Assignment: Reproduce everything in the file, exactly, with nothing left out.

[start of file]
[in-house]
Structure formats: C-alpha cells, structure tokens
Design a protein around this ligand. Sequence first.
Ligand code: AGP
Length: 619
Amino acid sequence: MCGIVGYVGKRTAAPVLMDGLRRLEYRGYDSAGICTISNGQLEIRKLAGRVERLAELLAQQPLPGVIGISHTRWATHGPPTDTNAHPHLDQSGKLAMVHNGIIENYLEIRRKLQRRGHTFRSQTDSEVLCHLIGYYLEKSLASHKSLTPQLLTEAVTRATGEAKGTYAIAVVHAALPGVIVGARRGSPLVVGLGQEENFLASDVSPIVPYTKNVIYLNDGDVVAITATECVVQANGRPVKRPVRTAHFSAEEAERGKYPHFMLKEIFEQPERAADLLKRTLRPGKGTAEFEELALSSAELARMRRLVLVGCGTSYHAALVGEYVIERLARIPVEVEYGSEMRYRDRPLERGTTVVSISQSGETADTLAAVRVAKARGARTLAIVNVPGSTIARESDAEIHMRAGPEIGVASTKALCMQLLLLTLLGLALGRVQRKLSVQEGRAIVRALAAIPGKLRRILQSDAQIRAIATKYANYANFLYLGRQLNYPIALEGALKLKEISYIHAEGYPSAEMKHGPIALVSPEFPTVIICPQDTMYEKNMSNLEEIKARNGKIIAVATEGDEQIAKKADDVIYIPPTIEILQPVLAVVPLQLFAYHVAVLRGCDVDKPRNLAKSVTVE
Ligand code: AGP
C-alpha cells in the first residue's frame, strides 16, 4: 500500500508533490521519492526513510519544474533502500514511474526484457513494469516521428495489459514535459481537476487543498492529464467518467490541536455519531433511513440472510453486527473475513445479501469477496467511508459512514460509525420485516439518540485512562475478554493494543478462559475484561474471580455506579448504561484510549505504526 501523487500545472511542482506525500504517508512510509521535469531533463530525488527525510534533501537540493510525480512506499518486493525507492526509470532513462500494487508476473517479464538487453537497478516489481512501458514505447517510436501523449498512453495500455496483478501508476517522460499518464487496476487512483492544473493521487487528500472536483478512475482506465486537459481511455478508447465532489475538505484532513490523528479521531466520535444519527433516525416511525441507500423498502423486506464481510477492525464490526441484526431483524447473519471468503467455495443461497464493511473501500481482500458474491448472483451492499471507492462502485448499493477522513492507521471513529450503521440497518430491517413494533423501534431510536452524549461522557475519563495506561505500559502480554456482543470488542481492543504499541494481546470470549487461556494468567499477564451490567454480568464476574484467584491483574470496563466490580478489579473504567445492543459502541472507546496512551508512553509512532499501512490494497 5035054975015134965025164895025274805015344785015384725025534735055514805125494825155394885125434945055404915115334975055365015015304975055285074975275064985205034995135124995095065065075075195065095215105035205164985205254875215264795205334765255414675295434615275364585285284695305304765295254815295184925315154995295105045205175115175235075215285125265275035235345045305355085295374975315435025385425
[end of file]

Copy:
[in-house]
Structure formats: C-alpha cells, structure tokens
Design a protein around this ligand. Sequence first.
Ligand code: AGP
Length: 619
Amino acid sequence: MCGIVGYVGKRTAAPVLMDGLRRLEYRGYDSAGICTISNGQLEIRKLAGRVERLAELLAQQPLPGVIGISHTRWATHGPPTDTNAHPHLDQSGKLAMVHNGIIENYLEIRRKLQRRGHTFRSQTDSEVLCHLIGYYLEKSLASHKSLTPQLLTEAVTRATGEAKGTYAIAVVHAALPGVIVGARRGSPLVVGLGQEENFLASDVSPIVPYTKNVIYLNDGDVVAITATECVVQANGRPVKRPVRTAHFSAEEAERGKYPHFMLKEIFEQPERAADLLKRTLRPGKGTAEFEELALSSAELARMRRLVLVGCGTSYHAALVGEYVIERLARIPVEVEYGSEMRYRDRPLERGTTVVSISQSGETADTLAAVRVAKARGARTLAIVNVPGSTIARESDAEIHMRAGPEIGVASTKALCMQLLLLTLLGLALGRVQRKLSVQEGRAIVRALAAIPGKLRRILQSDAQIRAIATKYANYANFLYLGRQLNYPIALEGALKLKEISYIHAEGYPSAEMKHGPIALVSPEFPTVIICPQDTMYEKNMSNLEEIKARNGKIIAVATEGDEQIAKKADDVIYIPPTIEILQPVLAVVPLQLFAYHVAVLRGCDVDKPRNLAKSVTVE
Ligand code: AGP
C-alpha cells in the first residue's frame, strides 16, 4: 500500500508533490521519492526513510519544474533502500514511474526484457513494469516521428495489459514535459481537476487543498492529464467518467490541536455519531433511513440472510453486527473475513445479501469477496467511508459512514460509525420485516439518540485512562475478554493494543478462559475484561474471580455506579448504561484510549505504526 501523487500545472511542482506525500504517508512510509521535469531533463530525488527525510534533501537540493510525480512506499518486493525507492526509470532513462500494487508476473517479464538487453537497478516489481512501458514505447517510436501523449498512453495500455496483478501508476517522460499518464487496476487512483492544473493521487487528500472536483478512475482506465486537459481511455478508447465532489475538505484532513490523528479521531466520535444519527433516525416511525441507500423498502423486506464481510477492525464490526441484526431483524447473519471468503467455495443461497464493511473501500481482500458474491448472483451492499471507492462502485448499493477522513492507521471513529450503521440497518430491517413494533423501534431510536452524549461522557475519563495506561505500559502480554456482543470488542481492543504499541494481546470470549487461556494468567499477564451490567454480568464476574484467584491483574470496563466490580478489579473504567445492543459502541472507546496512551508512553509512532499501512490494497 5035054975015134965025164895025274805015344785015384725025534735055514805125494825155394885125434945055404915115334975055365015015304975055285074975275064985205034995135124995095065065075075195065095215105035205164985205254875215264795205334765255414675295434615275364585285284695305304765295254815295184925315154995295105045205175115175235075215285125265275035235345045305355085295374975315435025385425